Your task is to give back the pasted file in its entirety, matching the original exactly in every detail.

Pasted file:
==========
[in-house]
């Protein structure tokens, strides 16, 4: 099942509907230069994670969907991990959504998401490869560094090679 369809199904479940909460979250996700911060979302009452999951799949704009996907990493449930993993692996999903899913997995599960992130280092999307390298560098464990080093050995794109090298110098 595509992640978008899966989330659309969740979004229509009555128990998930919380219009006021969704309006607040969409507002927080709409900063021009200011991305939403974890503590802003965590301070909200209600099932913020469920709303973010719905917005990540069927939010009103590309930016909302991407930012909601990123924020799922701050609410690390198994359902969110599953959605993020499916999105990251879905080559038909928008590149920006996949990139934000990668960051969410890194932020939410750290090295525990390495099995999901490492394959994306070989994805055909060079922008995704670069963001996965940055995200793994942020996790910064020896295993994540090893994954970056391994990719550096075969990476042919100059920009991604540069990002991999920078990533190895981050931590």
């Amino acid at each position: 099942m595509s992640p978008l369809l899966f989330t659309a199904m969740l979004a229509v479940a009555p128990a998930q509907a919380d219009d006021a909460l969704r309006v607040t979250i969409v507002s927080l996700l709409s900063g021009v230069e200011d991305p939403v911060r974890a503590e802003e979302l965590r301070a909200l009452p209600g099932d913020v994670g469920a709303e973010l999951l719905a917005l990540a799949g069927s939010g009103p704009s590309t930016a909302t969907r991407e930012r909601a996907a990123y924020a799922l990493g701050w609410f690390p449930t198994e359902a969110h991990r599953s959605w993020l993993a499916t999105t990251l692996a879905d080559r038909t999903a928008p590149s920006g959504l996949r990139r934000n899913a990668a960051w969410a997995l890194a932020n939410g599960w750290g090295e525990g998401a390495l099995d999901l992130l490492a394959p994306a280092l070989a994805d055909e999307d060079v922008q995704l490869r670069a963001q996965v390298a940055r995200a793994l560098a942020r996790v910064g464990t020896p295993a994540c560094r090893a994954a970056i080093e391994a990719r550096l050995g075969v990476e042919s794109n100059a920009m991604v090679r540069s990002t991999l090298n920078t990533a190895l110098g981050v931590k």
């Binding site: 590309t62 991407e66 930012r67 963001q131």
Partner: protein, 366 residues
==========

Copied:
[in-house]
């Protein structure tokens, strides 16, 4: 099942509907230069994670969907991990959504998401490869560094090679 369809199904479940909460979250996700911060979302009452999951799949704009996907990493449930993993692996999903899913997995599960992130280092999307390298560098464990080093050995794109090298110098 595509992640978008899966989330659309969740979004229509009555128990998930919380219009006021969704309006607040969409507002927080709409900063021009200011991305939403974890503590802003965590301070909200209600099932913020469920709303973010719905917005990540069927939010009103590309930016909302991407930012909601990123924020799922701050609410690390198994359902969110599953959605993020499916999105990251879905080559038909928008590149920006996949990139934000990668960051969410890194932020939410750290090295525990390495099995999901490492394959994306070989994805055909060079922008995704670069963001996965940055995200793994942020996790910064020896295993994540090893994954970056391994990719550096075969990476042919100059920009991604540069990002991999920078990533190895981050931590």
């Amino acid at each position: 099942m595509s992640p978008l369809l899966f989330t659309a199904m969740l979004a229509v479940a009555p128990a998930q509907a919380d219009d006021a909460l969704r309006v607040t979250i969409v507002s927080l996700l709409s900063g021009v230069e200011d991305p939403v911060r974890a503590e802003e979302l965590r301070a909200l009452p209600g099932d913020v994670g469920a709303e973010l999951l719905a917005l990540a799949g069927s939010g009103p704009s590309t930016a909302t969907r991407e930012r909601a996907a990123y924020a799922l990493g701050w609410f690390p449930t198994e359902a969110h991990r599953s959605w993020l993993a499916t999105t990251l692996a879905d080559r038909t999903a928008p590149s920006g959504l996949r990139r934000n899913a990668a960051w969410a997995l890194a932020n939410g599960w750290g090295e525990g998401a390495l099995d999901l992130l490492a394959p994306a280092l070989a994805d055909e999307d060079v922008q995704l490869r670069a963001q996965v390298a940055r995200a793994l560098a942020r996790v910064g464990t020896p295993a994540c560094r090893a994954a970056i080093e391994a990719r550096l050995g075969v990476e042919s794109n100059a920009m991604v090679r540069s990002t991999l090298n920078t990533a190895l110098g981050v931590k």
């Binding site: 590309t62 991407e66 930012r67 963001q131």
Partner: protein, 366 residues